It is completely impossible to write a blog about any German city, let alone the shimmering metropolis and capital Berlin, and do it full justice. All I can hope for is to provide you with a few snap shots of what this city has to offer.
The cities tallest structure visible from almost any point in Berlin is the 368 meter tall TV tower in the former East Berlin at Alexander Platz. Locals call this tower built in 1969 “Telespargel” (TV asparagus) or “Zahnstocher” (tooth pick). The viewing platform is 203 meters above the ground and provides a stunning view of Berlin. The revolving restaurant takes a ½ hour for a full rotation. If you are planning to visit the TV tower or even have a cup of coffee in the restaurant it is advisable to book ahead as the waiting times are very long otherwise. You can get tickets at http://www.tv-turm.de/en/index.php
The Brandenburg Gate in the Western part of the city is one of the most known landmarks of Germany and the symbol for Berlin. The gate is an 18th century neoclassical arch with scenes from Greek mythology on its six columns. The Quadriga on top of Brandenburg Gate is a chariot drawn by four horses. The goddess is Eirene, the goddess of peace.
From 1945 to 1989, during the division of Germany and Berlin into East (German Democratic Republic) and West (Federal Republic of Germany), the gate was isolated and inaccessible immediately next to the Berlin Wall.
In 1945 as part of the post war peace agreements Berlin was divided into 4 zones: The Soviet Zone (East), the American Zone (South-West), the British Zone (West) and the French Zone (North-West). In June 1948 the Soviets blockaded West Berlin to bring the area under their control. For a year allied planes delivered supplies to the population of West Berlin until the blockade ended. This air lift is known as Berliner Luftbrücke literally “Berlin Air Bridge”.
By the 1950s, economic problems in the East were leading to a mass exodus to West-Berlin. In 1961 the East German government build the infamous Wall (die Mauer) to contain the citizens. Until the fall of the Mauer in 1989 many people tried unsuccessfully to cross the wall and more than 180 were shot attempting to flee East Germany.
Reminders of the Divided City can be found in different spots over the city for example near Checkpoint Charlie (former boarder crossing between the American and the Soviet Sector of the city), or remaining sections of the Berlin Wall. In souvenir stores you can still buy coloured pieces of rock which supposedly are from the Berlin wall.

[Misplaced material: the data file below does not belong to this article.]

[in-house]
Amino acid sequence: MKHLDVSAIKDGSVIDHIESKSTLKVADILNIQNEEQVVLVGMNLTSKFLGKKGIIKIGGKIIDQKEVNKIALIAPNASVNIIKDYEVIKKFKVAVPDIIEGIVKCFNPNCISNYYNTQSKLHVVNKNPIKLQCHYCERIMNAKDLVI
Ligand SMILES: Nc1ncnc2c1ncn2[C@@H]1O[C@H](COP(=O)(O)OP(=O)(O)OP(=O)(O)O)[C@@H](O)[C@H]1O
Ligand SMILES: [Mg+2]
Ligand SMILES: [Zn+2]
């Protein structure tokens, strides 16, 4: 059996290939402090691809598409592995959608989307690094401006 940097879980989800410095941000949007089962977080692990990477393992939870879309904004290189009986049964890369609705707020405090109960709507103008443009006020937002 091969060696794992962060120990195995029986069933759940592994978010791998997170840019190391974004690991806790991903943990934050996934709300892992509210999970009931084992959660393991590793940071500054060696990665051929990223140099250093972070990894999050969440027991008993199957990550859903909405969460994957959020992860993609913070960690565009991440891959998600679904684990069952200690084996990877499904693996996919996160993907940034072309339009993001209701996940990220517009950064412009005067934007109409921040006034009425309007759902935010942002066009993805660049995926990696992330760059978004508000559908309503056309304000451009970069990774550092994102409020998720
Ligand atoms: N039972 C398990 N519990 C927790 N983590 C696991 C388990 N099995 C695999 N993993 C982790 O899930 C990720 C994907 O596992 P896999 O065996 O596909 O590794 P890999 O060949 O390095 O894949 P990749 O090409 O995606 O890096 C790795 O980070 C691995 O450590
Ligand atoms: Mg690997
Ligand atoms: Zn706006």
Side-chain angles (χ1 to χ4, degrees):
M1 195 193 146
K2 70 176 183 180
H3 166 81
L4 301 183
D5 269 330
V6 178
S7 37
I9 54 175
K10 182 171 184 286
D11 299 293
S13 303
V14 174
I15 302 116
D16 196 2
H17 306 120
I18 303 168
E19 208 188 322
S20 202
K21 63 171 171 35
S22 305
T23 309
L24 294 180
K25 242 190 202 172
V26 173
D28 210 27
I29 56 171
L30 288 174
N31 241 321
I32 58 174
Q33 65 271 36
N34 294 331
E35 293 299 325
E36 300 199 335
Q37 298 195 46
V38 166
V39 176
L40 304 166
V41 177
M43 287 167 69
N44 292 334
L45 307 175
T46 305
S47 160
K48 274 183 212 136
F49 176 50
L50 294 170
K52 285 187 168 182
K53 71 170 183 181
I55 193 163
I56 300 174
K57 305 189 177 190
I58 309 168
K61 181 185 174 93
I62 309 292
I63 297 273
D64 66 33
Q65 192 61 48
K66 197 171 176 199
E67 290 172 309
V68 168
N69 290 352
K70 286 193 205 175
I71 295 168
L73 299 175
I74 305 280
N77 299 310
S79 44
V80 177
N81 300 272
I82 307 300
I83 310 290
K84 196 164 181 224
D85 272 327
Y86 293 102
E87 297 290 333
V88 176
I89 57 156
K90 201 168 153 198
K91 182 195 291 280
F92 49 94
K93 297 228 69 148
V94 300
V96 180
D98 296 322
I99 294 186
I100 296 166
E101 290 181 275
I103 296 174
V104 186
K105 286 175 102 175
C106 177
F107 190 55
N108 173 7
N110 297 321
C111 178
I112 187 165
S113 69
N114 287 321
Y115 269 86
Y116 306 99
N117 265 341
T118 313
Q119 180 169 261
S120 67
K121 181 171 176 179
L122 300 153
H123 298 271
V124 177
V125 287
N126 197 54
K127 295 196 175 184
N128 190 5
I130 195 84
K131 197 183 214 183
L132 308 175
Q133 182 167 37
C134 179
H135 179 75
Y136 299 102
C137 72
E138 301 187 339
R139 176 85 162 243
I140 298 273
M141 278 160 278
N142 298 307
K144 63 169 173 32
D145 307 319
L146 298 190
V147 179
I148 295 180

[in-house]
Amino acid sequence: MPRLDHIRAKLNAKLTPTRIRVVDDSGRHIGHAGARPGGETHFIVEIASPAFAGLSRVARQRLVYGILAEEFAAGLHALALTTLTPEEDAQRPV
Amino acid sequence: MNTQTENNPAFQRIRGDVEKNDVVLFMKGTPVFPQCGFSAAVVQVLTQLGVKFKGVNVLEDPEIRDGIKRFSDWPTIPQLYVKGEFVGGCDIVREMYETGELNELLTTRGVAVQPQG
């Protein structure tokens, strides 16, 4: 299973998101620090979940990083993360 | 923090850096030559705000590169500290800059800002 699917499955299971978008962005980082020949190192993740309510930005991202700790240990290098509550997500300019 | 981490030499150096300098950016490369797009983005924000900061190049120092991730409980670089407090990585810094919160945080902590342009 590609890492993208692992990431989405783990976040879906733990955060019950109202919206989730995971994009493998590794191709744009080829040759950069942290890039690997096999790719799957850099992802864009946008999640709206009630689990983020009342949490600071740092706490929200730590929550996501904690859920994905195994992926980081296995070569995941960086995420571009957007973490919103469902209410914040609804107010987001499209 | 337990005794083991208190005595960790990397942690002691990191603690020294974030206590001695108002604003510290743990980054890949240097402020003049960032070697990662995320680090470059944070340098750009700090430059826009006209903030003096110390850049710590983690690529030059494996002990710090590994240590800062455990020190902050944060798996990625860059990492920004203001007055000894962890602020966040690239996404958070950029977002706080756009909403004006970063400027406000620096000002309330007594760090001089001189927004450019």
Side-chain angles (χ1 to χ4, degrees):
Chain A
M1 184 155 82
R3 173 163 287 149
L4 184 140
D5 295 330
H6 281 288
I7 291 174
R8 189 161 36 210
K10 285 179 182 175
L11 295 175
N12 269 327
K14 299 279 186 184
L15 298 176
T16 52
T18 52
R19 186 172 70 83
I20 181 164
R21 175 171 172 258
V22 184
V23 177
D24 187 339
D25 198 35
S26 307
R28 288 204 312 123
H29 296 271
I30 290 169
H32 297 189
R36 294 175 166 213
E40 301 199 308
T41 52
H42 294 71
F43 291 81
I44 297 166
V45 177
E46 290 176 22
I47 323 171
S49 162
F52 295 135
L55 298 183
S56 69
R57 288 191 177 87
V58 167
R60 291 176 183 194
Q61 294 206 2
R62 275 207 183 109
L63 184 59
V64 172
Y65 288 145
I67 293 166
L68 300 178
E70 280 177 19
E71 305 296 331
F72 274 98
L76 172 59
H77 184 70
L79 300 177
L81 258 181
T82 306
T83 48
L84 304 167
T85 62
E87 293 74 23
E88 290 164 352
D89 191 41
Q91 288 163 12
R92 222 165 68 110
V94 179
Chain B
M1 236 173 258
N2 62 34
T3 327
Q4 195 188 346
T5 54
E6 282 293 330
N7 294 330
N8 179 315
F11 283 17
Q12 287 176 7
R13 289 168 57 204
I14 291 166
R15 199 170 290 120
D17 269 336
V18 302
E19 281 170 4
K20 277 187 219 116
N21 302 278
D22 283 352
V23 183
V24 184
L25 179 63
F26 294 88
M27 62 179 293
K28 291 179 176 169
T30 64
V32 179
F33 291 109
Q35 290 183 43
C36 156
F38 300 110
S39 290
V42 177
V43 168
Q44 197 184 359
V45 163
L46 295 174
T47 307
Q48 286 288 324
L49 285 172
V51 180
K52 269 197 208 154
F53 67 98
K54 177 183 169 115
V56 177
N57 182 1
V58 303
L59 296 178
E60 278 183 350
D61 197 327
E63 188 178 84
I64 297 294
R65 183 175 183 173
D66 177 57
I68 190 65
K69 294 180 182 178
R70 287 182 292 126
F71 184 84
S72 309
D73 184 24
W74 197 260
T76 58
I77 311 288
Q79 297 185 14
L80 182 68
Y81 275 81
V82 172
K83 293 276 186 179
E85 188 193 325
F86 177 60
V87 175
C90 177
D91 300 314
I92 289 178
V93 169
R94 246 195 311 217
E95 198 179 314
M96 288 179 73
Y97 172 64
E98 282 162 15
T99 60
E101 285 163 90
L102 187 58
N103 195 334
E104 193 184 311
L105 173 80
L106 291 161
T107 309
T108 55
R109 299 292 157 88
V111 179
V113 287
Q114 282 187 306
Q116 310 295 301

They are all over Berlin, wherever we went, colourful cheerful bears with their arms stretched up high. They are called Buddy Bears and have become Berlin’s symbol for tolerance and “Weltoffenheit” (world openness). The raised arms of the upright Buddy Bears communicated a friendly attitude and optimism.
Everything started in Berlin in June 2001. The initiators of the Buddy Bears, Klaus und Eva Herlitz, decided to start a street art project in Berlin. Over the following weeks, more than 100 bears were created. In front of the KaDeWe (Kaufhaus des Westens, a huge famous department store) the “Buddy Bear Berlin Show“ was launched. The project was a great success mainly due to the fantastic artists who gave each individual bear a unique identity.
People, especially the visiting tourists, enjoyed the painted bear sculptures that the authorities suggested and authorised an extension of the street exhibition until the end of 2002. At the same time, many companies and private individuals bought Buddy Bears for their home country or hometown, which increasingly turned the Buddy Bears into global ambassadors of Berlin. The exhibition has been travelling around the world to make the German capital Berlin famous.
The palace in Charlottenburg, in the Western part of Berlin, was once the summer home for Sophie Charolotte, the wife of Friedrich III. It was build in 1695 and enlarged between 1701 and 1713. In 1740 and 1746 Friedrich der Große (Fredrick the Great) added further extensions. The park surrounding the former summer residence is picturesque and invites to scroll around.
With this last snap shot of Berlin we are returning to the area near the Fernsehturm and an area which has become a bit of a cult spot. Hackersche Höfe is a huge early 20th century complex of nine interconnecting courtyards (Höfe means yards) surrounded by tall buildings. The first courtyard is especially beautiful featuring interestingly decorated architecture and housing restaurants, shops, art galleries, a movie theatre and the cabaret “Chamaelon”. Another courtyard displays murals by different artists which create a different atmosphere with each image.